2. San Simeon

On a foggy day, we are headed for Hearst Castle. Randolph Hearst was a great lover of animals, just like me, and he once had a zoo there. I look out the passenger window and can’t believe my eyes. How can that be? Am I in Africa? Those black and white stripes cannot be mistaken. “It’s a zebra!” I say. “No it’s not,” says Steve. “YES it is,” I say.

 

3. Big Sur

On our way up Big Sur, the weather is quite bad. Steve wants to stop for a driving break, so we pull off the road. I stay in the car. Five minutes later, there is a knock on the window. “You have to come and see this,” says Steve. Below are an entire family of Elephant Seals on the beach- fighting, playing and dragging themselves around the sand.

 

4. Monterey

We stopped in Monterey for the night at a hotel on the edge of town. The hotel proprietor is a lover of animals, like myself, and promises that a trip to the harbour is a must so we head out along the wharf. “There’s one there!” I say. “No it’s not,” says Steve “YES it is,” I say. Seeing otters in the wild was a high light of this road trip for me.

 

5. San Francisco

We arrive at our final destination on the road trip. My favourite Californian city- San Francisco. We enter Golden Gate Park and head through the park on another one of my missions. The Bison Paddock is water logged but they are all there at the feeding pen. Real American Bison. Not roaming the plains like they once did, but there all the same.

Related posts: I first started writing

I first started travelling…

I first started travelling when I was 6 months old- around Europe in a combi van. My parents always travelled a lot and being the hippy era I was taken everywhere with them.

Mum grew up in Sri Lanka and Dad and I were both born in Weymouth on the south west coast of England where we all lived until I completed pre school. Then we moved to a town on the south east coast of Australia.

Being passionate travelers and having family all over the world we went overseas every few years which was a great experience that I will be forever grateful for- even if it means I caught the travel bug early.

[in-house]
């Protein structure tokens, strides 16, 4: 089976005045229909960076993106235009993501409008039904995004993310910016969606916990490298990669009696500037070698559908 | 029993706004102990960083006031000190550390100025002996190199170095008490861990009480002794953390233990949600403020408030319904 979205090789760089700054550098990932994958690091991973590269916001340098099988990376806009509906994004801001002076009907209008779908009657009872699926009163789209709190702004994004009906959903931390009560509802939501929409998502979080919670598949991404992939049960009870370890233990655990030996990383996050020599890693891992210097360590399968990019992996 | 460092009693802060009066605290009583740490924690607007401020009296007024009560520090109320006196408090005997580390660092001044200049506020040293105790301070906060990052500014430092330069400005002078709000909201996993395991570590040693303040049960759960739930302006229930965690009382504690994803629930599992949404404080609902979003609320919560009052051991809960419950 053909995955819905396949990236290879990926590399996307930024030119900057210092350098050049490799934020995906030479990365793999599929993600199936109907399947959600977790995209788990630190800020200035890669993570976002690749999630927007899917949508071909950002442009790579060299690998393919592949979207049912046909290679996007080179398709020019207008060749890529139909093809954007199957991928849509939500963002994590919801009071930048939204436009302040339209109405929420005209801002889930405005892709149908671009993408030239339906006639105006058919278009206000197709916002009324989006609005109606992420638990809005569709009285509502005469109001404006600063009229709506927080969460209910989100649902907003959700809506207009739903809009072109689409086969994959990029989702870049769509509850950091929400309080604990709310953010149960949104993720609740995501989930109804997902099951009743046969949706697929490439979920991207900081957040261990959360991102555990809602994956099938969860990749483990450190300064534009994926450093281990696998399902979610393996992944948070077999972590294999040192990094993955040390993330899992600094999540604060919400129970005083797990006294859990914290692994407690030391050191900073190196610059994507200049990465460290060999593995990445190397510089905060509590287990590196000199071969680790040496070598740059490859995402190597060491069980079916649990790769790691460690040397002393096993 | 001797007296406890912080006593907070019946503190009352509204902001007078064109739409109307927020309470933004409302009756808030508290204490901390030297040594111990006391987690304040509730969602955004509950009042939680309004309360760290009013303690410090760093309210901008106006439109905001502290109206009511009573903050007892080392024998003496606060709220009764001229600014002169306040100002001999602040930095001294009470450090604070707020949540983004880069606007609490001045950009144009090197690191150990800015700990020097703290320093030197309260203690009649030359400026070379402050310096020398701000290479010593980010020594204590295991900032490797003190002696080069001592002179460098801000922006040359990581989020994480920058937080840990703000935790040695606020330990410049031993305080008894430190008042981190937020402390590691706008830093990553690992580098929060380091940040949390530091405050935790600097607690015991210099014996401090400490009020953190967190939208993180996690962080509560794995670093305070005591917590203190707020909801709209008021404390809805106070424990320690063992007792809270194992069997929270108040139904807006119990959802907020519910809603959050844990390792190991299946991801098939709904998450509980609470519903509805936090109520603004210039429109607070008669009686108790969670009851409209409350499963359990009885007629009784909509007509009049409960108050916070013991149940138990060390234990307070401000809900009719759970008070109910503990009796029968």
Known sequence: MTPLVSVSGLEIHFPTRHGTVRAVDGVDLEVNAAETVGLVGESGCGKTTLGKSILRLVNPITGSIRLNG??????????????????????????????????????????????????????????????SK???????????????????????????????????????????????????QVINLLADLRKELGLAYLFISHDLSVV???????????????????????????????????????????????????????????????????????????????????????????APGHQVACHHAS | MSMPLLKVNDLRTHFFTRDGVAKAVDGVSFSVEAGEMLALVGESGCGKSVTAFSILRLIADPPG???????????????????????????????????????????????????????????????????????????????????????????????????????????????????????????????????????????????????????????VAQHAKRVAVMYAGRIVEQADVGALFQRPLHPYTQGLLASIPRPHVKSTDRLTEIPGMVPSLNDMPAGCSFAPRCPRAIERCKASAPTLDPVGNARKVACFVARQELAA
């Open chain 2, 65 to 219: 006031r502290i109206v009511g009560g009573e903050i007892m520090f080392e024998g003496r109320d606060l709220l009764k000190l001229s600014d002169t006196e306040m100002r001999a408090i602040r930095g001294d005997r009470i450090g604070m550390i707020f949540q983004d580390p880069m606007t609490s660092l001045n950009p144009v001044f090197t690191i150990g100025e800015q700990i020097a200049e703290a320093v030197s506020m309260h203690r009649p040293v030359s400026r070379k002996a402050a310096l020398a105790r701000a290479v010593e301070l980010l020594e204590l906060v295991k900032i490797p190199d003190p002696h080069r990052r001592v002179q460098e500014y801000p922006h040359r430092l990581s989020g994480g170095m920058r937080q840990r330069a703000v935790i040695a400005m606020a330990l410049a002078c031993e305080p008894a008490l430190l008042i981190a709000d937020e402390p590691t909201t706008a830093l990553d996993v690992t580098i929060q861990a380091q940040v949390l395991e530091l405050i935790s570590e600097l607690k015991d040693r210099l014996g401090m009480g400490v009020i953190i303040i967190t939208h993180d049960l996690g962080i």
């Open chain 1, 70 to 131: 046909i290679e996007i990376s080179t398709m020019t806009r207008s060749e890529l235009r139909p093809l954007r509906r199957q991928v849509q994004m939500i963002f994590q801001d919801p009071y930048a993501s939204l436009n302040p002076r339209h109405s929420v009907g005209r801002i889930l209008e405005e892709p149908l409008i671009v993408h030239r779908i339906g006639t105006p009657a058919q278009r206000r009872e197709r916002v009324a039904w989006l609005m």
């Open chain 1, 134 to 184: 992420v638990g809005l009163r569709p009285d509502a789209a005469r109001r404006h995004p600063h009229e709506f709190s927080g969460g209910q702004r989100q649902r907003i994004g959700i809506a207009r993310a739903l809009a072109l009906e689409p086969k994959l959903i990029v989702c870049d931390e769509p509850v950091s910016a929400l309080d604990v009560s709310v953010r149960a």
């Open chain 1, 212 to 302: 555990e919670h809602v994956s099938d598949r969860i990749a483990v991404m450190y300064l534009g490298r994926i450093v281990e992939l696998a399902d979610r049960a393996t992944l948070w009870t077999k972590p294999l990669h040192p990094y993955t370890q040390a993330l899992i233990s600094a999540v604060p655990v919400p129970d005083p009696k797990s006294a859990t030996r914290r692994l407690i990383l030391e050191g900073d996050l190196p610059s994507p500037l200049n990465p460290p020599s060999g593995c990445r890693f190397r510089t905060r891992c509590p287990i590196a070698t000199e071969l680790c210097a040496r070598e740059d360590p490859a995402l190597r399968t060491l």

In year four we spent 6 months overseas and I was taught basic Maths and English by my dad. I learnt much more about life and the big world that was out there than I ever would have by staying behind for school.

When I finished high school my parents promptly gave me a round the world ticket with an open return so I went back to Weymouth to live with grandma and work in a restaurant owned by my dads friend. And so began my grand tour around thirteen countries in Europe in three months with a girlfriend I had met in the restaurant to many of the places I had been to as a baby in the back of a van but could not remember.

Since then I have travelled back to Sri Lanka and many places by myself , with  friends and with family.

Related posts: I first started writing

I first started writing…

I first started writing about life when I was quite young. My family friend still raves about my early writing skills on my first book about his daughters first birthday. I used to write and illustrate short stories.

I also won an award in primary school for writing a multicultural story but I always thought at the time that they gave it to me on a sympathy vote.

I had a poem that I wrote about swimming on the beach published in the annual year book in high school.

I also travelled with my parents a lot as a child and kept detailed diaries. I always wanted to be a travel writer, so even though these diaries are out of date, they could be used as some kind of travel retrospective.

At university I studied Journalism as my major and was promptly disillusioned by my lecturers proclaiming I will never be able to write want I want and the pay is terrible- one way to weed out those without real drive and passion for news I guess! I decided I was more of a fiction writer and rebelled in such electives as fictocritical and creative writing. I also found I was distinction worthy in editing and publishing- so maybe I gave up on journalism too easily, but that’s the way it went. I did get published in a Sydney Olympics newsletter while I was there- an interview with a young Perth gymnast that I did over the phone.

A few years out of university I redirected one of my university pieces on my grand tour travel around Europe and wrote a new travel piece on my hometown to apply to write at the Lonely Planet- my dream job- getting paid to travel and write about it and hence everyone else’s dream job too! I did not make the cut and unfortunately did not get much feedback either. I did get published in the Thorn Tree Forum on their website- by blogging the “Top 5 Wildlife to Spot in California.”

In my places of employment I have endeavored to keep the writing going by writing the entire or pieces of the internal newsletters, but even this writing has gone by the wayside of late as I have now been working in events for over seven years so work is all about logistics, checklists and contact sheets.